Aviation emissions could be included in a new carbon tax under consideration by the UK government to replace the EU Emissions Trading System, which the country is set to leave when its Brexit transition period ends on 31 December.
Newly published consultation documents on the proposed Carbon Emissions Tax give 29 September as the deadline for comments.
The UK has said it is “open to considering a link” between the EU ETS and any future UK ETS. However, in the event that a link cannot be agreed it will “implement either an unlinked UK ETS or the Carbon Emissions Tax from 1 January 2021”.
In the consultation document, the government floats the idea of broadening the proposed levy’s scope and seeks comments on “whether other sectors of the economy, for example the shipping and aviation sectors, should be covered by the tax in the years after 2021”.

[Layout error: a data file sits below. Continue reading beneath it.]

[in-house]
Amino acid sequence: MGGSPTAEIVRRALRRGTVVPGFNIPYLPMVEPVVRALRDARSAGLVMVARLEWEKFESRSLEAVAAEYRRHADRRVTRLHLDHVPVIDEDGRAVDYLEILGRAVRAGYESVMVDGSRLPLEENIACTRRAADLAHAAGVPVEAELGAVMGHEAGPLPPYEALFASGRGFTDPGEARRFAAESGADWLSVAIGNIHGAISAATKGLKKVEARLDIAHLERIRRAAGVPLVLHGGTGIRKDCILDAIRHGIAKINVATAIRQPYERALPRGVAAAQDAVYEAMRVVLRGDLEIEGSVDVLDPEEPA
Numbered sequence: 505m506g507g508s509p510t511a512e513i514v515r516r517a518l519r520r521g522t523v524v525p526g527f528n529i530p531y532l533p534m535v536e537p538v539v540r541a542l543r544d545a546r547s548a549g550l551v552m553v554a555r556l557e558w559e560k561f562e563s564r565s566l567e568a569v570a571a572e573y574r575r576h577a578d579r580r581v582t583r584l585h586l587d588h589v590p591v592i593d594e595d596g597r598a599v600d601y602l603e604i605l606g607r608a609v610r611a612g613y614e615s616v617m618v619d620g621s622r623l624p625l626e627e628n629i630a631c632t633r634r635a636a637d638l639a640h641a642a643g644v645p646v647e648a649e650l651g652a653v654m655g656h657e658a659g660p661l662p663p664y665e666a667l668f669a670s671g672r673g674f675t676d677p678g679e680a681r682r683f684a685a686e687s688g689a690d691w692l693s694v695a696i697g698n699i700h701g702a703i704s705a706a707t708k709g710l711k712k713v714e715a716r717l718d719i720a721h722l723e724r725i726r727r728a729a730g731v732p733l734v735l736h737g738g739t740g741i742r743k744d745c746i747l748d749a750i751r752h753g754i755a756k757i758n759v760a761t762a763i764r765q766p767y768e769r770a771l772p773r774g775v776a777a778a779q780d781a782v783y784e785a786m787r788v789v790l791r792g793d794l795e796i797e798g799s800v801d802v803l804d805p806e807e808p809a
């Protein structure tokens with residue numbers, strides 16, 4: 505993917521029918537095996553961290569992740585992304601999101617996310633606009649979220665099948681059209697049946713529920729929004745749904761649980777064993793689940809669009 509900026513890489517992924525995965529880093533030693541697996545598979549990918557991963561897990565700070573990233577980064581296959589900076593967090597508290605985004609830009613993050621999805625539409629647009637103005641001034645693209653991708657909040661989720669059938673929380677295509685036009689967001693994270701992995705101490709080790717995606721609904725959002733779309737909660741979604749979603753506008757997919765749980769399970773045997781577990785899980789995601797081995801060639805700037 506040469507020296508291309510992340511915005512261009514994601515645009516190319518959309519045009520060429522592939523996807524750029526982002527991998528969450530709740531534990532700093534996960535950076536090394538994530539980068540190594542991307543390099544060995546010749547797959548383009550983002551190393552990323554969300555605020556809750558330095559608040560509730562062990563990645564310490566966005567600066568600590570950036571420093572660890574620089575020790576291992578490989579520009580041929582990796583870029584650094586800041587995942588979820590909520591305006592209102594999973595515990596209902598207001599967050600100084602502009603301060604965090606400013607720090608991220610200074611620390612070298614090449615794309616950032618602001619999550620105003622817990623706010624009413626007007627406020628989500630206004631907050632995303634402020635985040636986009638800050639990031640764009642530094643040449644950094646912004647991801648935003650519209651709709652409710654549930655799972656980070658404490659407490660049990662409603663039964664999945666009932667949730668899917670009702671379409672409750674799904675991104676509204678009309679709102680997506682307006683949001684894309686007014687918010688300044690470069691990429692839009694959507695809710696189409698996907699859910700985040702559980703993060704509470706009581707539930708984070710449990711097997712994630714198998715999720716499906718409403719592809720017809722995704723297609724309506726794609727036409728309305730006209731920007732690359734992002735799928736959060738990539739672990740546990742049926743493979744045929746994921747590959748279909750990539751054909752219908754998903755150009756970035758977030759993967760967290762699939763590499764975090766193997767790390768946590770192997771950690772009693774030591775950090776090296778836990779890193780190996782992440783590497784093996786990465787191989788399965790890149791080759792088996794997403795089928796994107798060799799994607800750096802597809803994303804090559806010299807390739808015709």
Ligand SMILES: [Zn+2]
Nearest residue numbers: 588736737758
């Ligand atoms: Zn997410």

UK-based airlines already purchase carbon credits under the EU ETS for flights within the European Economic Area, although the government points out that they get “significant free allowances”.
Also under consideration as the UK seeks to pull together its own method of reducing carbon-dioxide emissions once it is no longer part of the EU system is a way of incentivising negative-emissions technologies such as carbon capture and storage.
“The Committee on Climate Change has been clear that the only way for the UK to meet its net zero target by 2050 is for negative emissions technologies, such as direct air capture or bioenergy with carbon capture and storage, to be deployed at scale,” says the government in the consultation document. It notes that negative emissions are needed “to offset continued emissions from sectors, like aviation, that are not expected to be able to decarbonise completely by 2050”.
The government wants to know whether the new tax it is mulling “could play a role in supporting the emergence of new negative emissions technologies and industries”, and is seeking input from stakeholders on “how the Carbon Emissions Tax, or other polices, could be enhanced over the medium term to support this”.